Caribbean Lags Behind U.S. in Broadening Sexual Rights

Published: January 24, 2012

Any piece of legislation that addresses the issue of sex is bound to be met with controversy. This is only magnified in countries that promote policies that run against LGBT (lesbian, gay, bisexual, transgender) members of their population. Stakeholders like the Church, for instance, police morality by prohibiting any form of same-sex intimacy.

Today, terms like “sex” and “rape” are only viewed in the heterosexual prism—that is, only men and women legally engage in sexual activity. When these definitions were conceptualized, our awareness of the many ways in which people exercise their sexual freedom was perhaps very limited. But in 2012, despite cultural awareness to the contrary, much legislation does not deviate from conventional paradigms.

Rape Definitions in the Caribbean
Beginning in 1927 in the United States, rape was defined as the “carnal knowledge of a woman, forcibly and against her will.” The Obama administration, however, expanded that definition to include more forms of sexual assault such as rape of men and oral or anal sex. According to Vice President Biden, "this long-awaited change to the definition of rape is a victory for women and men across the country whose suffering has gone unaccounted for over 80 years."

As the U.S. exhibits progress in LGBT inclusion, this change merits a thorough examination of the varying legislative definitions of sex and rape in Caribbean nations.

Jamaica, for instance, remains far antiquated. (See my previous post on this issue.) When the Sexual Offences Act of 2009 was being drafted, the Jamaican Parliament kept gender-specific language in the legislation out of fear of allowing buggery to be legal through the back door.

In Trinidad & Tobago, while there is no clear definition of sexual intercourse in the Sexual Offences Act of 1986, it interestingly categorizes the acts of buggery and bestiality as intercourse. According to Part I(4) of the Act:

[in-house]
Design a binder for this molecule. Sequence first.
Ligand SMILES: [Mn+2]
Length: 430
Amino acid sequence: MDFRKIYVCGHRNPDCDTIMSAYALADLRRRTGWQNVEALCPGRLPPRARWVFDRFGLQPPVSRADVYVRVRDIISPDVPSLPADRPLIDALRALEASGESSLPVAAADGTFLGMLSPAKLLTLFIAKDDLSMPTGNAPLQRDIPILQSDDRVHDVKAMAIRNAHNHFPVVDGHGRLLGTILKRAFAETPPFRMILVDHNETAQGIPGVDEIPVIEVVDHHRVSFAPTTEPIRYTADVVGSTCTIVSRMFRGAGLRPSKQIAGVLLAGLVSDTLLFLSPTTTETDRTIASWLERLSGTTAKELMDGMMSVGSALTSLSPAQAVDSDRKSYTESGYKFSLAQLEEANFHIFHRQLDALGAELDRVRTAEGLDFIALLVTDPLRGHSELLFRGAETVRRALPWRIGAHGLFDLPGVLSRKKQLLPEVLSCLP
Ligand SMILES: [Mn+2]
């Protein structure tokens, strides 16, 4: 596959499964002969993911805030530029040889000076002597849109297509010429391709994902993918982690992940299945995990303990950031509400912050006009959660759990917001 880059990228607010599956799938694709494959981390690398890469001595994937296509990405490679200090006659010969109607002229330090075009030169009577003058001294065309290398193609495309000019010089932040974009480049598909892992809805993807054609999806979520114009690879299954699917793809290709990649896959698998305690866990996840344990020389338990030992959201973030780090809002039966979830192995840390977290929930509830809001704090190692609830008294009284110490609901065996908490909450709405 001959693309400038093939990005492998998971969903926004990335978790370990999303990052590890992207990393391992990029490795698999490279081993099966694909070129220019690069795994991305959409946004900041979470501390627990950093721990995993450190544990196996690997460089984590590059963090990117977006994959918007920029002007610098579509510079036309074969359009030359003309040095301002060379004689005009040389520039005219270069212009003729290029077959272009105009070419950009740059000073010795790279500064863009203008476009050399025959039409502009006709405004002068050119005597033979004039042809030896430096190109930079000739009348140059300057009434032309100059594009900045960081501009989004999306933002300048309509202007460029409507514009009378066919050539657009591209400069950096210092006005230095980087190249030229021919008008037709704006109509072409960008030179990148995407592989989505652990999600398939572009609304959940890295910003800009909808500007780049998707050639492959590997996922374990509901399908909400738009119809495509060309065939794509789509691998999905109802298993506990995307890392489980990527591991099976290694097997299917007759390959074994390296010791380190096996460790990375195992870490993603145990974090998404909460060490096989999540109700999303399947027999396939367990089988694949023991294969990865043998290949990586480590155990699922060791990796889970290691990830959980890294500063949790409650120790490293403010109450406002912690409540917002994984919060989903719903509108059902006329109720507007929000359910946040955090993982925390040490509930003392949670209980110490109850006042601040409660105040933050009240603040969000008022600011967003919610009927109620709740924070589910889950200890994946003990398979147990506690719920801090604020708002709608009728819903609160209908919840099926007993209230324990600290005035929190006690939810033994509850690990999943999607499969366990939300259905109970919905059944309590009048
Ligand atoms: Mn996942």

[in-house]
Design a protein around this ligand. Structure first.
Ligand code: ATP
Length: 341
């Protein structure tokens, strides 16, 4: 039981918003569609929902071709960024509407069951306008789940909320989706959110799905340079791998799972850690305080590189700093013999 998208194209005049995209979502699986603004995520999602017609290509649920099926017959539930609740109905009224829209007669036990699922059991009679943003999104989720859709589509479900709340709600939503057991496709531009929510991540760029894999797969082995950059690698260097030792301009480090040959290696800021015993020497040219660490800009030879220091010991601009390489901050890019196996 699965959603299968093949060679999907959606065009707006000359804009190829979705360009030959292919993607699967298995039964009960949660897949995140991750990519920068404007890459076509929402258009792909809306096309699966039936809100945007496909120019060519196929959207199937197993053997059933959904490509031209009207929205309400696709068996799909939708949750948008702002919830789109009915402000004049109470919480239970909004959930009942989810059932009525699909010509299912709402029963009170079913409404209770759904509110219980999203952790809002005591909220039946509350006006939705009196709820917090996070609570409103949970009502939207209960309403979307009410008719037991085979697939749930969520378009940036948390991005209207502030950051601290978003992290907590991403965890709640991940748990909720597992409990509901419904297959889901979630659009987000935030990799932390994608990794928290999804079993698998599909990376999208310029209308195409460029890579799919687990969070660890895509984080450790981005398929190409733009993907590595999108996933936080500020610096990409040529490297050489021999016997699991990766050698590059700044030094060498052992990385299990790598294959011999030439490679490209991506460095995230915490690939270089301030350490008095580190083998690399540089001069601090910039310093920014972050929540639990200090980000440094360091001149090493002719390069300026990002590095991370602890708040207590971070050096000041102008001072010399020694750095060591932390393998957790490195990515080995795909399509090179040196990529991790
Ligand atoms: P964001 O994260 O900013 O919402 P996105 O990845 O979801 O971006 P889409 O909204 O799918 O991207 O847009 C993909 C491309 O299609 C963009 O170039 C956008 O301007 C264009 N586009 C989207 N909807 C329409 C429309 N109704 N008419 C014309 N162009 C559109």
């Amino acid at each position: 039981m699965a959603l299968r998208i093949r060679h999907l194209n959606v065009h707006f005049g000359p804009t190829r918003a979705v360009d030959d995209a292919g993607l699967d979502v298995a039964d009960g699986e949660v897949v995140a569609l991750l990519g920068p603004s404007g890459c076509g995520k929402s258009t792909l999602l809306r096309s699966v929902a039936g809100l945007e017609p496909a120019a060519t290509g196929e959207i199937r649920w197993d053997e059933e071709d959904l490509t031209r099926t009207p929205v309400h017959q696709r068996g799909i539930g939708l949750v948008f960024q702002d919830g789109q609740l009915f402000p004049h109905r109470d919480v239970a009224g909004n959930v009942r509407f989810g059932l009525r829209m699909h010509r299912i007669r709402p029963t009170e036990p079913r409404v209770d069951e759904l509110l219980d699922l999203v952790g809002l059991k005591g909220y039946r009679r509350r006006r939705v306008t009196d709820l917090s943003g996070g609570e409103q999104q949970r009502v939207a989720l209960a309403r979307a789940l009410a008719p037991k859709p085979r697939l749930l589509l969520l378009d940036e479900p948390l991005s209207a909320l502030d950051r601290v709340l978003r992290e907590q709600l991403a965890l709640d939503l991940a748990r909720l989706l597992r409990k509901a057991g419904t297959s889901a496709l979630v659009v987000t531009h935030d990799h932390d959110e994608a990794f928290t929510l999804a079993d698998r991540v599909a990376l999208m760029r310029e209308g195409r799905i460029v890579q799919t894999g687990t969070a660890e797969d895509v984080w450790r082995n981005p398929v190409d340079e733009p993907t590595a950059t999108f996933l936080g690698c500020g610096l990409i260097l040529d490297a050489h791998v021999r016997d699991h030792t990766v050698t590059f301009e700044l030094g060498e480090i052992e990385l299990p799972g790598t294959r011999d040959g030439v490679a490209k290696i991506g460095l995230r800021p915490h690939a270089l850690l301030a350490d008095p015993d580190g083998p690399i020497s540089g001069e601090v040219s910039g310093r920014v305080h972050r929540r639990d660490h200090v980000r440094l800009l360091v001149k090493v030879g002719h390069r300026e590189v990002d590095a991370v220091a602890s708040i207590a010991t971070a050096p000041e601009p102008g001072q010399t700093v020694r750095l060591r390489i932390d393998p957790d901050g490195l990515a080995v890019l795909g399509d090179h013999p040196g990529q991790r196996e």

“a person (“the accused”) commits the offence of rape when he has sexual intercourse with another person (“the complainant”)” without the consent of the complainant or with the consent of the complainant where the consent is extorted by threat or fear of bodily harm, obtained by personating someone else, obtained by false or fraudulent representations as to the nature of the intercourse; or by unlawfully detaining the complainant.”

Note that although the definition appears to be gender neutral, the Trinidadians refer to “the accused” as male using “he”—a specific gender pronoun.

In Antigua & Barbuda, the 1995 Sexual Offences Act is similar to that of Trinidad & Tobago, especially in relation to rape by consent. However, while it maintains rape is perpetrated against a female, it is specific in stating this is where the female is not the wife of the male. Otherwise, if the wife doesn’t give consent to her husband, it is classified as a sexual assault.

Compared to these anachronistic Caribbean policies, Barbados has the most gender-neutral definition of rape. Its legislation states:

“Any person who has sexual intercourse with another person without the consent of the other person and who knows that the other person does not consent to the intercourse or is reckless as to whether the other person consents to the intercourse is guilty of the offence of rape and is liable on conviction on indictment to imprisonment for life.”

In addition, unlike Antigua & Barbuda, a husband in Barbados can also be charged for rape if he has non-consensual sex with his wife. This is the same case in Jamaica and Trinidad & Tobago.

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